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Up Next: The Future


 

And for the sake of our economy, our security, and the future of our planet, I will set a clear goal as President:

I’ll help our auto companies re-tool, so that the fuel-efficient cars of the future are built right here in America

Now is the time to change our bankruptcy laws, so that your pensions are protected ahead of CEO bonuses; and the time to protect Social Security for future generations

We need a President who can face the threats of the future, not keep grasping at the ideas of the past.

I will end this war in Iraq responsibly, and finish the fight against al Qaeda and the Taliban in Afghanistan. I will rebuild our military to meet future conflicts.

And I will restore our moral standing, so that America is once again that last, best hope for all who are called to the cause of freedom, who long for lives of peace, and who yearn for a better future.

At this moment, in this election, we must pledge once more to march into the future.


 
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Up Next: The Future

  1. … you’d rather he dwell on the PAST?

    I loved your book, but a bunch of giddily bolded buzzwords is a poor excuse for analysis. You sound childishly surprised that part of a convention speech might *gasp* include rhetoric about looking forward!

    Surely you’re able to appreciate the man’s attempts to distance himself from and even to ground countercultural thinking in a more solid reality? Aren’t you?

  2. “Tonight I say, we must move forward, not backward, upward not forward, and always twirling, twirling, twirling towards freedom…”

  3. @And?: Sure, there were parts of BHO’s speech I liked, and lots about his policies — as far as I can discern — that I might like.

    But I also was bored for long stretches of it, and I thought the speech was riddled with cliches — the seven references to “the future” being the ones that jumped out at me.

    I think the fact that two of the first three comments here are quotes from parodies of political rhetoric about “the future” says a lot.

  4. I’ve always loved the title of Jean Charest’s platform when he was leading the federal Progressive Conservatives in 1997: “Let the Future Begin.” Um, try to stop it?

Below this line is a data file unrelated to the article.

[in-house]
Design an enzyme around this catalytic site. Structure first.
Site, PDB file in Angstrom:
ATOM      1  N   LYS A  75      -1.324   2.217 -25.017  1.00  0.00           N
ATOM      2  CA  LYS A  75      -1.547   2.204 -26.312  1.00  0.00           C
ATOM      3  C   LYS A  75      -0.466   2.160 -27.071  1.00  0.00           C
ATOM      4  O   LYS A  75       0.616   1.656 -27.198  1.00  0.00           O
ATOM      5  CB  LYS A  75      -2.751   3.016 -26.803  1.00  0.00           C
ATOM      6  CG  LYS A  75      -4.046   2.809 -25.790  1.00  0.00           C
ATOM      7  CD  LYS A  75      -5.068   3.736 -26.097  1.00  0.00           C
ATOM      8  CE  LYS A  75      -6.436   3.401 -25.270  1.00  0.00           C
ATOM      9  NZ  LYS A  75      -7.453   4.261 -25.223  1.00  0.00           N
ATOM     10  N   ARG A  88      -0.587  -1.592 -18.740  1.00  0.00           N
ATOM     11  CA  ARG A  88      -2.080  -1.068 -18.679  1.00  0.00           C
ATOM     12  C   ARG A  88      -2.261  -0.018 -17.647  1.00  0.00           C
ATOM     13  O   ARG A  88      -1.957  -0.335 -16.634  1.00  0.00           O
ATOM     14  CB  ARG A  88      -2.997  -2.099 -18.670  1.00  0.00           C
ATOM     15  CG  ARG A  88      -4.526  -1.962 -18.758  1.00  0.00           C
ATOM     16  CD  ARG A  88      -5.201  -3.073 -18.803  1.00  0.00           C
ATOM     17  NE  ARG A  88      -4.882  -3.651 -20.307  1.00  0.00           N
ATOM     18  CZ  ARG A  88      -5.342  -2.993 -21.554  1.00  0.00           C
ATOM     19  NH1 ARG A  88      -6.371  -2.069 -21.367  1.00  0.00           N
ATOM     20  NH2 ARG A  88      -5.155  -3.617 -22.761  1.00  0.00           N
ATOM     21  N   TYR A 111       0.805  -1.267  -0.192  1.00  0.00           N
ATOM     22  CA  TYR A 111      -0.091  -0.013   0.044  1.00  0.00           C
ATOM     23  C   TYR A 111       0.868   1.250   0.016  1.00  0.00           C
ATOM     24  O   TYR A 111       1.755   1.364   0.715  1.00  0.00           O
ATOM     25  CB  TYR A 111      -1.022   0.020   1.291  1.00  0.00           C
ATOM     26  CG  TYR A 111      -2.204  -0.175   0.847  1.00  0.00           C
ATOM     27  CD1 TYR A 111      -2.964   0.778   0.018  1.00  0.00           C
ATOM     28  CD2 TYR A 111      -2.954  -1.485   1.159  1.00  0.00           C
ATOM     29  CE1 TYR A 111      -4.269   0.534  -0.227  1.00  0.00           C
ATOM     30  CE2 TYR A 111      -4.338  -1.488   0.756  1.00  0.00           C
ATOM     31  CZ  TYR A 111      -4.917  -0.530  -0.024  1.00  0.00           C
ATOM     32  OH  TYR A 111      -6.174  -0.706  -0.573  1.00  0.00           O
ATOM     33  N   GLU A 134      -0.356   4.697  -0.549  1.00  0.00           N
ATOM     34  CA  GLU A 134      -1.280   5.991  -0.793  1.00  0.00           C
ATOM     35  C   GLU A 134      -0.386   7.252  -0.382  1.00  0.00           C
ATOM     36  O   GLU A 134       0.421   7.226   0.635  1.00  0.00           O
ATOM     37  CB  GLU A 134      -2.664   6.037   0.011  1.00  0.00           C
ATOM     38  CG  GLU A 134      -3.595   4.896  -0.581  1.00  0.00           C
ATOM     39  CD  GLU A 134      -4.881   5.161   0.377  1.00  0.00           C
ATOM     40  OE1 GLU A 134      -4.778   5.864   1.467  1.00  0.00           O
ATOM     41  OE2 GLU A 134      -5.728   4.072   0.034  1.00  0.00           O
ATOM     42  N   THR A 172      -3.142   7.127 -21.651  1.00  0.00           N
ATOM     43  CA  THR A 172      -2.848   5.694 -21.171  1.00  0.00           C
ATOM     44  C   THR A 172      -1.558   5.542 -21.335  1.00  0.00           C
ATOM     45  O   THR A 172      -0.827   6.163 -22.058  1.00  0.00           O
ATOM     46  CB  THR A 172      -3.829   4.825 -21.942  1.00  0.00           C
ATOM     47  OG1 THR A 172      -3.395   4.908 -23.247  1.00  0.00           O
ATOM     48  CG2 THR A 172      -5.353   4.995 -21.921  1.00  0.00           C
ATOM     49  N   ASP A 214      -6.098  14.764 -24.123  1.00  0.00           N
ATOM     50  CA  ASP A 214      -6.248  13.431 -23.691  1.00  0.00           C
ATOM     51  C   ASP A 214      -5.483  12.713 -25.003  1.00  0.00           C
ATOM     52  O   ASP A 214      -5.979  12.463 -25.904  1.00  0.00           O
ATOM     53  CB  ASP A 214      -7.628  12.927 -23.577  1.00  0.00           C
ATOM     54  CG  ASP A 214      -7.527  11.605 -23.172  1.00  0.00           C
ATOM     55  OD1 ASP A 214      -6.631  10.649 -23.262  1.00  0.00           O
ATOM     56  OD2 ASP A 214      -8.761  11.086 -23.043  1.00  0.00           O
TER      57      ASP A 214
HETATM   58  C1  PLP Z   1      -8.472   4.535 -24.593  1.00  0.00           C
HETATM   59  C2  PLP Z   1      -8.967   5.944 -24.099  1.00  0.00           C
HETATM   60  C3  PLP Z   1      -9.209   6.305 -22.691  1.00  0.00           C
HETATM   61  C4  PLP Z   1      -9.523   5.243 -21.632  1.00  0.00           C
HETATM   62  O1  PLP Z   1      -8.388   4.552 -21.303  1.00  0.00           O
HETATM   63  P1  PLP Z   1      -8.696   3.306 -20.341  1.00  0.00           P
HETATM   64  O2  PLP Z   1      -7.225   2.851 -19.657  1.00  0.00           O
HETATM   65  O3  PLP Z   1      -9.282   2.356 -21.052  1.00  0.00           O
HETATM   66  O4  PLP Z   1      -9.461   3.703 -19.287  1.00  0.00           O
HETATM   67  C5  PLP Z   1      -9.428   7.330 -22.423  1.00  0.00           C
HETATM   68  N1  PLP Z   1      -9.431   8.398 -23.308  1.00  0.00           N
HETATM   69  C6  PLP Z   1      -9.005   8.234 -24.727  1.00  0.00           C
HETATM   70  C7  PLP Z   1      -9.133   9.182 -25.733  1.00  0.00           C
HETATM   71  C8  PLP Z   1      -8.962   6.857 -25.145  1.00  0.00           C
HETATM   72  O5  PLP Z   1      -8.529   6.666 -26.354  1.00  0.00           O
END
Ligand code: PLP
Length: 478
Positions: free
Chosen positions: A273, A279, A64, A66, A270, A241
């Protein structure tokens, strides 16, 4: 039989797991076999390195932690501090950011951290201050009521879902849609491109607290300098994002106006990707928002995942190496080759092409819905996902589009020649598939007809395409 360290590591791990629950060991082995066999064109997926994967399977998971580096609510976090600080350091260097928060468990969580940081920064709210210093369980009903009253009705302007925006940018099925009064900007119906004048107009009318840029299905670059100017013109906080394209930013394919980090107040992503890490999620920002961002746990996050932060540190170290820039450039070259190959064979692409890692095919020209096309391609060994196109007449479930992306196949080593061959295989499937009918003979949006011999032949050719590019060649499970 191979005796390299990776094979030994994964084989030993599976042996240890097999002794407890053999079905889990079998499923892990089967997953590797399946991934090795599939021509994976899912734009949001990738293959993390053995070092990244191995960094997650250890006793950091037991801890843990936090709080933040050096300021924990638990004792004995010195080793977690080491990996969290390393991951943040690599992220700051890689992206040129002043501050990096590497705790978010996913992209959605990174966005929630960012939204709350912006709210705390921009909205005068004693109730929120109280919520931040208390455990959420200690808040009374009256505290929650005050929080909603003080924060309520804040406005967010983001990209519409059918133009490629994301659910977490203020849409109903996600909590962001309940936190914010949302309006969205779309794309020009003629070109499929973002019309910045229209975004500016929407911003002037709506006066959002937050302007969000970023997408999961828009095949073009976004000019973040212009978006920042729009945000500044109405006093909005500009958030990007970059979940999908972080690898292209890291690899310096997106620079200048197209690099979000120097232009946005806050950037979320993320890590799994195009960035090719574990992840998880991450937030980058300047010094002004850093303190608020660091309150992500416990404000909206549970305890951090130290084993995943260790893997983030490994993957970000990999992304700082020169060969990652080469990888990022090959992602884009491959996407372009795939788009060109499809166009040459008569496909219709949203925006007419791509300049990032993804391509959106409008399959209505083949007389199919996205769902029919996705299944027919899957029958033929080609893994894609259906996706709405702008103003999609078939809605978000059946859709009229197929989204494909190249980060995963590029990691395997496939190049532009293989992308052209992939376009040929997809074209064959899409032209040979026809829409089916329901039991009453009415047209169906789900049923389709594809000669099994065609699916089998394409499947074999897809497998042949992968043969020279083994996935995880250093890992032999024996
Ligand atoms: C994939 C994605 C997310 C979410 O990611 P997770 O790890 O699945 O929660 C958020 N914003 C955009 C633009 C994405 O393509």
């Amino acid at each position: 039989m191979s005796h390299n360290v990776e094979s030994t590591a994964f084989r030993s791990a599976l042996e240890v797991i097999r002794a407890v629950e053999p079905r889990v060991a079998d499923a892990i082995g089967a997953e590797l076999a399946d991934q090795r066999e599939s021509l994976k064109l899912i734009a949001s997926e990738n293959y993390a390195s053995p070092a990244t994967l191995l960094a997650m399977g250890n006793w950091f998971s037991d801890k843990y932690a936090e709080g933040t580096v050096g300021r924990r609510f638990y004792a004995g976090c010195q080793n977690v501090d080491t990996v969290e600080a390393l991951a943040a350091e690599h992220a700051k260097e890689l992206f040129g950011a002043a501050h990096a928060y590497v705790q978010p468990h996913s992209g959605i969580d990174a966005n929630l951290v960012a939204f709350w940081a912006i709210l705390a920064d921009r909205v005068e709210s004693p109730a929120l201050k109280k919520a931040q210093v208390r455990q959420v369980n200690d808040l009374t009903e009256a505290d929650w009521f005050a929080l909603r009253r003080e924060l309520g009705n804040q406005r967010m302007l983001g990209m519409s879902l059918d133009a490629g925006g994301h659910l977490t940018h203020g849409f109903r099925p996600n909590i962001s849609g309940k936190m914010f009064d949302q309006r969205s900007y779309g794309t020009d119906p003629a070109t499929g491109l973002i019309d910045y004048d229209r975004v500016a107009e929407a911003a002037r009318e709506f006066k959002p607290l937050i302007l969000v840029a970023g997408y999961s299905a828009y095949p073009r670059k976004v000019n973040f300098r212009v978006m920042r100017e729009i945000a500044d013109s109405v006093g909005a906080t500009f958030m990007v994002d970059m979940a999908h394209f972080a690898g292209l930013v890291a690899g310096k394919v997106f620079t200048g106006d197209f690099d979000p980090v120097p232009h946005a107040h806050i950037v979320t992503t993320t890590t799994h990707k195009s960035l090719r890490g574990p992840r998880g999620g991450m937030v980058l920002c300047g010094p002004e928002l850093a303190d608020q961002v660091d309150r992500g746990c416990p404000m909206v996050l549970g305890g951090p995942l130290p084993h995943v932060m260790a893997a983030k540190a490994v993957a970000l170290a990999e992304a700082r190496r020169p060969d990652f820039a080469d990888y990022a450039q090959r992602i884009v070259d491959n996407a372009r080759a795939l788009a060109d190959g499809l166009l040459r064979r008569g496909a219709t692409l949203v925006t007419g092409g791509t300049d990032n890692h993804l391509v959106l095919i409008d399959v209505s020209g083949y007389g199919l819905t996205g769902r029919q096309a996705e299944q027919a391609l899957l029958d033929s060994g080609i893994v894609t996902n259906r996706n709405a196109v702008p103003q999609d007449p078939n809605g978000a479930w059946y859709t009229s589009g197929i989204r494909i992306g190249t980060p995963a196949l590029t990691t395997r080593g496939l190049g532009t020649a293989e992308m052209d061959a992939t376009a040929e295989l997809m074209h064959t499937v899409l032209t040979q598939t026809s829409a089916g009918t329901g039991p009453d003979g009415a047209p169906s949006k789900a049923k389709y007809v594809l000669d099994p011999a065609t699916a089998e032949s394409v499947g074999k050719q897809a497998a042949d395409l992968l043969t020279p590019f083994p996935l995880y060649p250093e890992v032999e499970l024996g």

5. Convention speeches are what they are – red meat for the base. Watch for McCain to speak from a cross with a halo over his head.

  6. Yes and no, jwl. Everyone knows God is white and old, so it’ll be better color coordinated over McCain’s head.

  7. Thank you…thank you…thank you so much…thank you…thank you…thank you so much…thank you…thank you…thank you so much…thank you…thank you so much..thank you…thank you so much…Pennsylvania steel worker….senior without health care….Hillary Clinton…future.

    I’m not sure whether I just witnessed a nomination speech or a stadium sized mega-church revival, but I did learn that when said with a certain inflective force, “thank you” sounds a lot like “shut the hell up and let me speak”. It’s funny how the grand orator style, which Obama’s clearly got, comes across as over-polished and insincere. Perhaps that style of speaking has itself become cliche? I was left with the impression that I’d just watched a speech scene from a movie. I can’t shake the sense that I was watching someone who practices in front of a mirror a lot, so much so that he seemed oddly detached from the crowd: in a way, as though they were just a larger mirror. Maybe only time can rough up the smooth grain of that style enough to give it the gloss of authenticity: I think that’s where McCain’s at, with his rhetorical style. Ought to be interesting to compare their respective nomination speeches.

  8. Dave

    I noticed all the thank yous too. I thought he was thanking each and every person in attendance but luckily he stopped after a few dozen.

  9. I can vaguely remember Jean Chretien making a speech, early 80’s at UWO (was in in the run-up to the Liberal leadership convention to replace Trudeau?) where he, in what many Quebecers at the time called his pea-soup style, said “My future is behind me”.

    I was under the impression then that many of his malapropisms were deliberate in order to make himself more endearing to the english audience.

  10. Wow, nice post. Value added = 0.

    At least it’s better than your next post (comments closed) in which you start by complaining about a speech full of cliches (totally fair), and some comments about his policies (also completely fair).

    But then you play armchair psychologist and tell us that the problem is Obama is in love with himself and totally self-centred. Please. That kind of D-grade “analysis” belongs on Fox News or Townhall – surely you have more to offer than that.

    Oh, and turning to Krauthammer and Brooks to buttress your argument: FAIL.

  11. Yeah, what’s with “comments closed” now on the second consecutive blog?

    Did your targeted marketing deal with Google fall through?

    Well, to be honest, I was tired of getting those penis enlargement ads every time I visited your blog :)

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